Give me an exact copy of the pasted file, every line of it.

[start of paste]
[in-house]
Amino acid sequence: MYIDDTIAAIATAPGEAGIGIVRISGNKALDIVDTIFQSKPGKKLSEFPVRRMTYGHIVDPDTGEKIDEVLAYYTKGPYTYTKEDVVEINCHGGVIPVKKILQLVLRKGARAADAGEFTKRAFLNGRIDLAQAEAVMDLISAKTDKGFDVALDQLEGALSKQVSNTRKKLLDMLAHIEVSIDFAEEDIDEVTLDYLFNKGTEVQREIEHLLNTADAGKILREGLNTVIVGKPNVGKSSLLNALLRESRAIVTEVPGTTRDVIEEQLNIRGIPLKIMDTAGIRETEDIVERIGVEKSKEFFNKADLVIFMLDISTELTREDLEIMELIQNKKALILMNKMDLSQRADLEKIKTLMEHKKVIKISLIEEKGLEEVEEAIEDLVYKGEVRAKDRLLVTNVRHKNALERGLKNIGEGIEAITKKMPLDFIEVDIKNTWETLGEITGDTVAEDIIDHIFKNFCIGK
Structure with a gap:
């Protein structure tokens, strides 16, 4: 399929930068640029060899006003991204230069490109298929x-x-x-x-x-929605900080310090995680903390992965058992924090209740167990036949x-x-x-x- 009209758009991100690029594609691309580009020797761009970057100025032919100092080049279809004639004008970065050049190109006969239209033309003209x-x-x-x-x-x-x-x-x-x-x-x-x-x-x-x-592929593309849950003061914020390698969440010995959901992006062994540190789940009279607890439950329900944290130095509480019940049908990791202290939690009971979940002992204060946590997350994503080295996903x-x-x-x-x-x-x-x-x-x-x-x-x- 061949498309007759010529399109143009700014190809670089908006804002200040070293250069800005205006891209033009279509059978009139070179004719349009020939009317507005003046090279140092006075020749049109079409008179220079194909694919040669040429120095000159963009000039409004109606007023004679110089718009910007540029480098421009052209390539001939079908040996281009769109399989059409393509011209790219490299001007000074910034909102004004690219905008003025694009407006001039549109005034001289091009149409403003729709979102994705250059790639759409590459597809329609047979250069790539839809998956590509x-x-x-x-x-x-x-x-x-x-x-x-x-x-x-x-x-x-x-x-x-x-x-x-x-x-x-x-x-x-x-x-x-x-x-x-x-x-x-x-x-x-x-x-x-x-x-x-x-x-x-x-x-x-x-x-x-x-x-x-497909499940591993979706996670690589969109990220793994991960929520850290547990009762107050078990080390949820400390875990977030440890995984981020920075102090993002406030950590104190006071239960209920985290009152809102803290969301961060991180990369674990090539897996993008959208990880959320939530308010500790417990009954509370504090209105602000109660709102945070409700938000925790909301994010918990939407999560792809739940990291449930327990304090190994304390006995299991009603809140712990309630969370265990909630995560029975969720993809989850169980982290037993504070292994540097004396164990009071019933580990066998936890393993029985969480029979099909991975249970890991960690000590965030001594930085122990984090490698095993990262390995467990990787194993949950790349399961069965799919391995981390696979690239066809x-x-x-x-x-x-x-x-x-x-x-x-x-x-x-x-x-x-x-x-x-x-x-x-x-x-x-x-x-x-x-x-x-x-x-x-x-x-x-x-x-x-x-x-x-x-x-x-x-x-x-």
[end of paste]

[in-house]
Amino acid sequence: MYIDDTIAAIATAPGEAGIGIVRISGNKALDIVDTIFQSKPGKKLSEFPVRRMTYGHIVDPDTGEKIDEVLAYYTKGPYTYTKEDVVEINCHGGVIPVKKILQLVLRKGARAADAGEFTKRAFLNGRIDLAQAEAVMDLISAKTDKGFDVALDQLEGALSKQVSNTRKKLLDMLAHIEVSIDFAEEDIDEVTLDYLFNKGTEVQREIEHLLNTADAGKILREGLNTVIVGKPNVGKSSLLNALLRESRAIVTEVPGTTRDVIEEQLNIRGIPLKIMDTAGIRETEDIVERIGVEKSKEFFNKADLVIFMLDISTELTREDLEIMELIQNKKALILMNKMDLSQRADLEKIKTLMEHKKVIKISLIEEKGLEEVEEAIEDLVYKGEVRAKDRLLVTNVRHKNALERGLKNIGEGIEAITKKMPLDFIEVDIKNTWETLGEITGDTVAEDIIDHIFKNFCIGK
Structure with a gap:
């Protein structure tokens, strides 16, 4: 399929930068640029060899006003991204230069490109298929x-x-x-x-x-929605900080310090995680903390992965058992924090209740167990036949x-x-x-x- 009209758009991100690029594609691309580009020797761009970057100025032919100092080049279809004639004008970065050049190109006969239209033309003209x-x-x-x-x-x-x-x-x-x-x-x-x-x-x-x-592929593309849950003061914020390698969440010995959901992006062994540190789940009279607890439950329900944290130095509480019940049908990791202290939690009971979940002992204060946590997350994503080295996903x-x-x-x-x-x-x-x-x-x-x-x-x- 061949498309007759010529399109143009700014190809670089908006804002200040070293250069800005205006891209033009279509059978009139070179004719349009020939009317507005003046090279140092006075020749049109079409008179220079194909694919040669040429120095000159963009000039409004109606007023004679110089718009910007540029480098421009052209390539001939079908040996281009769109399989059409393509011209790219490299001007000074910034909102004004690219905008003025694009407006001039549109005034001289091009149409403003729709979102994705250059790639759409590459597809329609047979250069790539839809998956590509x-x-x-x-x-x-x-x-x-x-x-x-x-x-x-x-x-x-x-x-x-x-x-x-x-x-x-x-x-x-x-x-x-x-x-x-x-x-x-x-x-x-x-x-x-x-x-x-x-x-x-x-x-x-x-x-x-x-x-x-497909499940591993979706996670690589969109990220793994991960929520850290547990009762107050078990080390949820400390875990977030440890995984981020920075102090993002406030950590104190006071239960209920985290009152809102803290969301961060991180990369674990090539897996993008959208990880959320939530308010500790417990009954509370504090209105602000109660709102945070409700938000925790909301994010918990939407999560792809739940990291449930327990304090190994304390006995299991009603809140712990309630969370265990909630995560029975969720993809989850169980982290037993504070292994540097004396164990009071019933580990066998936890393993029985969480029979099909991975249970890991960690000590965030001594930085122990984090490698095993990262390995467990990787194993949950790349399961069965799919391995981390696979690239066809x-x-x-x-x-x-x-x-x-x-x-x-x-x-x-x-x-x-x-x-x-x-x-x-x-x-x-x-x-x-x-x-x-x-x-x-x-x-x-x-x-x-x-x-x-x-x-x-x-x-x-």